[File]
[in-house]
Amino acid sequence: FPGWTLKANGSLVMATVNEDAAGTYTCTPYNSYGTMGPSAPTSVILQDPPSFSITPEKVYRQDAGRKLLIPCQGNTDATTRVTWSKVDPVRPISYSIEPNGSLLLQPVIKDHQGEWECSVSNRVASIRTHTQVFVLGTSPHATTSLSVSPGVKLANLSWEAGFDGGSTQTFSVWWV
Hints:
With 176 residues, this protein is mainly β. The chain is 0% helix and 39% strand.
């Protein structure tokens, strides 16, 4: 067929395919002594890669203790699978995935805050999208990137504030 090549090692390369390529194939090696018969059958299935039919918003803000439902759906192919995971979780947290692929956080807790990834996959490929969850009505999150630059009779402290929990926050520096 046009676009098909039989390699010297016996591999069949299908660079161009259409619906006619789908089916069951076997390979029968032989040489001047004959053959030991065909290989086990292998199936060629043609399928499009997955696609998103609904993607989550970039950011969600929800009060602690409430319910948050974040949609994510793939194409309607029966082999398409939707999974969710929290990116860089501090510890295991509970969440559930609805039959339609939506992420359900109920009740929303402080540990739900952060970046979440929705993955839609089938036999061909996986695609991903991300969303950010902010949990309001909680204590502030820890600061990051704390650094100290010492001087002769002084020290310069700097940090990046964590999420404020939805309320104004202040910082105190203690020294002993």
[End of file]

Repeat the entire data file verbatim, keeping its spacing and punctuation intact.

[in-house]
Amino acid sequence: FPGWTLKANGSLVMATVNEDAAGTYTCTPYNSYGTMGPSAPTSVILQDPPSFSITPEKVYRQDAGRKLLIPCQGNTDATTRVTWSKVDPVRPISYSIEPNGSLLLQPVIKDHQGEWECSVSNRVASIRTHTQVFVLGTSPHATTSLSVSPGVKLANLSWEAGFDGGSTQTFSVWWV
Hints:
With 176 residues, this protein is mainly β. The chain is 0% helix and 39% strand.
């Protein structure tokens, strides 16, 4: 067929395919002594890669203790699978995935805050999208990137504030 090549090692390369390529194939090696018969059958299935039919918003803000439902759906192919995971979780947290692929956080807790990834996959490929969850009505999150630059009779402290929990926050520096 046009676009098909039989390699010297016996591999069949299908660079161009259409619906006619789908089916069951076997390979029968032989040489001047004959053959030991065909290989086990292998199936060629043609399928499009997955696609998103609904993607989550970039950011969600929800009060602690409430319910948050974040949609994510793939194409309607029966082999398409939707999974969710929290990116860089501090510890295991509970969440559930609805039959339609939506992420359900109920009740929303402080540990739900952060970046979440929705993955839609089938036999061909996986695609991903991300969303950010902010949990309001909680204590502030820890600061990051704390650094100290010492001087002769002084020290310069700097940090990046964590999420404020939805309320104004202040910082105190203690020294002993």